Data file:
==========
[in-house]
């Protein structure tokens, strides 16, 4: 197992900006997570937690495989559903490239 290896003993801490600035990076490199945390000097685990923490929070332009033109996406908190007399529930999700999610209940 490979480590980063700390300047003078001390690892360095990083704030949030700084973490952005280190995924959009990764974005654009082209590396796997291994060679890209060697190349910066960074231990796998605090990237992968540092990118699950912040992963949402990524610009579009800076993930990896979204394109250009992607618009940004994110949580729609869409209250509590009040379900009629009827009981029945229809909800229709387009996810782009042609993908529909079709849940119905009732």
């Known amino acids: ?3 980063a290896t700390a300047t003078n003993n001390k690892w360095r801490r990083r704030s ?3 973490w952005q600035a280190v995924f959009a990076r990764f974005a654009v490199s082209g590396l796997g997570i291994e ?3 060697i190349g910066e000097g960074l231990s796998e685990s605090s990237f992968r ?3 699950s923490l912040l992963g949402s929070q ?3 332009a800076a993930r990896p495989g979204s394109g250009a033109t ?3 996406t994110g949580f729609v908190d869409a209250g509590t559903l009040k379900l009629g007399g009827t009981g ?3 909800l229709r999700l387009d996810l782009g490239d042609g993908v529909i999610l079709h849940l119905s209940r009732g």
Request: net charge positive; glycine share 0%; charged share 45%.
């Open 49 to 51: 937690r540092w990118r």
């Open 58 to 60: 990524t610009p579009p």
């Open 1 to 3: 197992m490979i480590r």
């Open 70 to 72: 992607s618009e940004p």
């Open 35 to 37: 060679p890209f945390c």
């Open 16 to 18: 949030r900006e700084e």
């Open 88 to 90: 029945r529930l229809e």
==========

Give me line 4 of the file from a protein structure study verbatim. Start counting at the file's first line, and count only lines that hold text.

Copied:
Request: net charge positive; glycine share 0%; charged share 45%.